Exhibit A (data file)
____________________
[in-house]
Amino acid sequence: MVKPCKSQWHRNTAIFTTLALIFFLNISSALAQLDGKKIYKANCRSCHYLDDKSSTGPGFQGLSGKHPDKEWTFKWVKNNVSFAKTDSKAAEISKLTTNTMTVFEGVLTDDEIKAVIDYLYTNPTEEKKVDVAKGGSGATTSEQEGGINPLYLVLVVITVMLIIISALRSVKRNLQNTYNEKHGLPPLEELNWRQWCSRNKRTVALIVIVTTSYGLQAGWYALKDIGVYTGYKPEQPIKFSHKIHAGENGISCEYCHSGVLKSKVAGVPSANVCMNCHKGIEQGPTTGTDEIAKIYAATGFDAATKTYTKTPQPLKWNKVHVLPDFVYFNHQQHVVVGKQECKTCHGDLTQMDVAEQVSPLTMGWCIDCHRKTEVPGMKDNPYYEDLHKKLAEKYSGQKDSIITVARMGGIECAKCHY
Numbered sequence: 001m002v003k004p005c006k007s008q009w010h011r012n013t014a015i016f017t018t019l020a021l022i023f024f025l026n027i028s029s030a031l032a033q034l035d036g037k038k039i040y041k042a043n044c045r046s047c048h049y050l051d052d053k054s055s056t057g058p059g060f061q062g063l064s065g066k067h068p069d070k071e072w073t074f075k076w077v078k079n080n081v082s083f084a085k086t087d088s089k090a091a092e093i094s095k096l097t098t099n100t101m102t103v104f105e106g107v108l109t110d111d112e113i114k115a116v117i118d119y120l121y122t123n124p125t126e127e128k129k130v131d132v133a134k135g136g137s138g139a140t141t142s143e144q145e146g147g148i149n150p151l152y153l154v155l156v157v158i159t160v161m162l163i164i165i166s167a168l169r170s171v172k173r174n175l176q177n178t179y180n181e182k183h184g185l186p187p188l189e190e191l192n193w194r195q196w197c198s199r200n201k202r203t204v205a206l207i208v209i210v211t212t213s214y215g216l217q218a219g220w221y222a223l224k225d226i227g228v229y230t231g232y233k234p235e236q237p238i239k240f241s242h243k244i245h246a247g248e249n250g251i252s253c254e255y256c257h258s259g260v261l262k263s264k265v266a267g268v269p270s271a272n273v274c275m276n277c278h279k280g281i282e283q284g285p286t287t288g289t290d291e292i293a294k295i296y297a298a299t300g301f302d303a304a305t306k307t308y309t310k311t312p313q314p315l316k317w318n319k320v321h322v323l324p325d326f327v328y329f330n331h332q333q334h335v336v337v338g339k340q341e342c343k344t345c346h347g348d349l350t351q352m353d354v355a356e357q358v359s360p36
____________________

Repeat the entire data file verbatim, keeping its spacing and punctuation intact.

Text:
[in-house]
Amino acid sequence: MVKPCKSQWHRNTAIFTTLALIFFLNISSALAQLDGKKIYKANCRSCHYLDDKSSTGPGFQGLSGKHPDKEWTFKWVKNNVSFAKTDSKAAEISKLTTNTMTVFEGVLTDDEIKAVIDYLYTNPTEEKKVDVAKGGSGATTSEQEGGINPLYLVLVVITVMLIIISALRSVKRNLQNTYNEKHGLPPLEELNWRQWCSRNKRTVALIVIVTTSYGLQAGWYALKDIGVYTGYKPEQPIKFSHKIHAGENGISCEYCHSGVLKSKVAGVPSANVCMNCHKGIEQGPTTGTDEIAKIYAATGFDAATKTYTKTPQPLKWNKVHVLPDFVYFNHQQHVVVGKQECKTCHGDLTQMDVAEQVSPLTMGWCIDCHRKTEVPGMKDNPYYEDLHKKLAEKYSGQKDSIITVARMGGIECAKCHY
Numbered sequence: 001m002v003k004p005c006k007s008q009w010h011r012n013t014a015i016f017t018t019l020a021l022i023f024f025l026n027i028s029s030a031l032a033q034l035d036g037k038k039i040y041k042a043n044c045r046s047c048h049y050l051d052d053k054s055s056t057g058p059g060f061q062g063l064s065g066k067h068p069d070k071e072w073t074f075k076w077v078k079n080n081v082s083f084a085k086t087d088s089k090a091a092e093i094s095k096l097t098t099n100t101m102t103v104f105e106g107v108l109t110d111d112e113i114k115a116v117i118d119y120l121y122t123n124p125t126e127e128k129k130v131d132v133a134k135g136g137s138g139a140t141t142s143e144q145e146g147g148i149n150p151l152y153l154v155l156v157v158i159t160v161m162l163i164i165i166s167a168l169r170s171v172k173r174n175l176q177n178t179y180n181e182k183h184g185l186p187p188l189e190e191l192n193w194r195q196w197c198s199r200n201k202r203t204v205a206l207i208v209i210v211t212t213s214y215g216l217q218a219g220w221y222a223l224k225d226i227g228v229y230t231g232y233k234p235e236q237p238i239k240f241s242h243k244i245h246a247g248e249n250g251i252s253c254e255y256c257h258s259g260v261l262k263s264k265v266a267g268v269p270s271a272n273v274c275m276n277c278h279k280g281i282e283q284g285p286t287t288g289t290d291e292i293a294k295i296y297a298a299t300g301f302d303a304a305t306k307t308y309t310k311t312p313q314p315l316k317w318n319k320v321h322v323l324p325d326f327v328y329f330n331h332q333q334h335v336v337v338g339k340q341e342c343k344t345c346h347g348d349l350t351q352m353d354v355a356e357q358v359s360p36